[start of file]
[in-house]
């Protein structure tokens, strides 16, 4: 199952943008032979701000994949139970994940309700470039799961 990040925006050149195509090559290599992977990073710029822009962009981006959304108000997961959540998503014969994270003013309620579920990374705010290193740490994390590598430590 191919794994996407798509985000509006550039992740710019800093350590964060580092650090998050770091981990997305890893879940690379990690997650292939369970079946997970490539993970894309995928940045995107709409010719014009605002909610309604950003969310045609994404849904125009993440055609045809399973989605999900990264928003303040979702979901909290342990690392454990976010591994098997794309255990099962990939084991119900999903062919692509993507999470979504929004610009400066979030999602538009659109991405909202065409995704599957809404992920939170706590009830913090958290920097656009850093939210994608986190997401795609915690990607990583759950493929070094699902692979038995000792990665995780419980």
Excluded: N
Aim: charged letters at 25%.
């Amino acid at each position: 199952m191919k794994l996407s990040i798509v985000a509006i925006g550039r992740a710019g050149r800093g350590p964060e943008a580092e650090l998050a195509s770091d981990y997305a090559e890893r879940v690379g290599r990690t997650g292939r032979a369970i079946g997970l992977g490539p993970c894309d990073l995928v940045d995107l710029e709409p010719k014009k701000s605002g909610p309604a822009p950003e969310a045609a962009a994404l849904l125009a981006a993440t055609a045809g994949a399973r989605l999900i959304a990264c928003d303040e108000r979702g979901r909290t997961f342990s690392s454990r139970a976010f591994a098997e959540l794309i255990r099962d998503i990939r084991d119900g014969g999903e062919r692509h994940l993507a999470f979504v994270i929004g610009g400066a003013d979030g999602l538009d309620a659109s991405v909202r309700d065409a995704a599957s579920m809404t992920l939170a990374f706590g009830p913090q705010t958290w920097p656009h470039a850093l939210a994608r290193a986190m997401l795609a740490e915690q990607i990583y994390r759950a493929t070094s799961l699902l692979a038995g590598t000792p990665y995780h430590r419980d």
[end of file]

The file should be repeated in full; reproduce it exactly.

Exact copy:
[in-house]
């Protein structure tokens, strides 16, 4: 199952943008032979701000994949139970994940309700470039799961 990040925006050149195509090559290599992977990073710029822009962009981006959304108000997961959540998503014969994270003013309620579920990374705010290193740490994390590598430590 191919794994996407798509985000509006550039992740710019800093350590964060580092650090998050770091981990997305890893879940690379990690997650292939369970079946997970490539993970894309995928940045995107709409010719014009605002909610309604950003969310045609994404849904125009993440055609045809399973989605999900990264928003303040979702979901909290342990690392454990976010591994098997794309255990099962990939084991119900999903062919692509993507999470979504929004610009400066979030999602538009659109991405909202065409995704599957809404992920939170706590009830913090958290920097656009850093939210994608986190997401795609915690990607990583759950493929070094699902692979038995000792990665995780419980």
Excluded: N
Aim: charged letters at 25%.
């Amino acid at each position: 199952m191919k794994l996407s990040i798509v985000a509006i925006g550039r992740a710019g050149r800093g350590p964060e943008a580092e650090l998050a195509s770091d981990y997305a090559e890893r879940v690379g290599r990690t997650g292939r032979a369970i079946g997970l992977g490539p993970c894309d990073l995928v940045d995107l710029e709409p010719k014009k701000s605002g909610p309604a822009p950003e969310a045609a962009a994404l849904l125009a981006a993440t055609a045809g994949a399973r989605l999900i959304a990264c928003d303040e108000r979702g979901r909290t997961f342990s690392s454990r139970a976010f591994a098997e959540l794309i255990r099962d998503i990939r084991d119900g014969g999903e062919r692509h994940l993507a999470f979504v994270i929004g610009g400066a003013d979030g999602l538009d309620a659109s991405v909202r309700d065409a995704a599957s579920m809404t992920l939170a990374f706590g009830p913090q705010t958290w920097p656009h470039a850093l939210a994608r290193a986190m997401l795609a740490e915690q990607i990583y994390r759950a493929t070094s799961l699902l692979a038995g590598t000792p990665y995780h430590r419980d």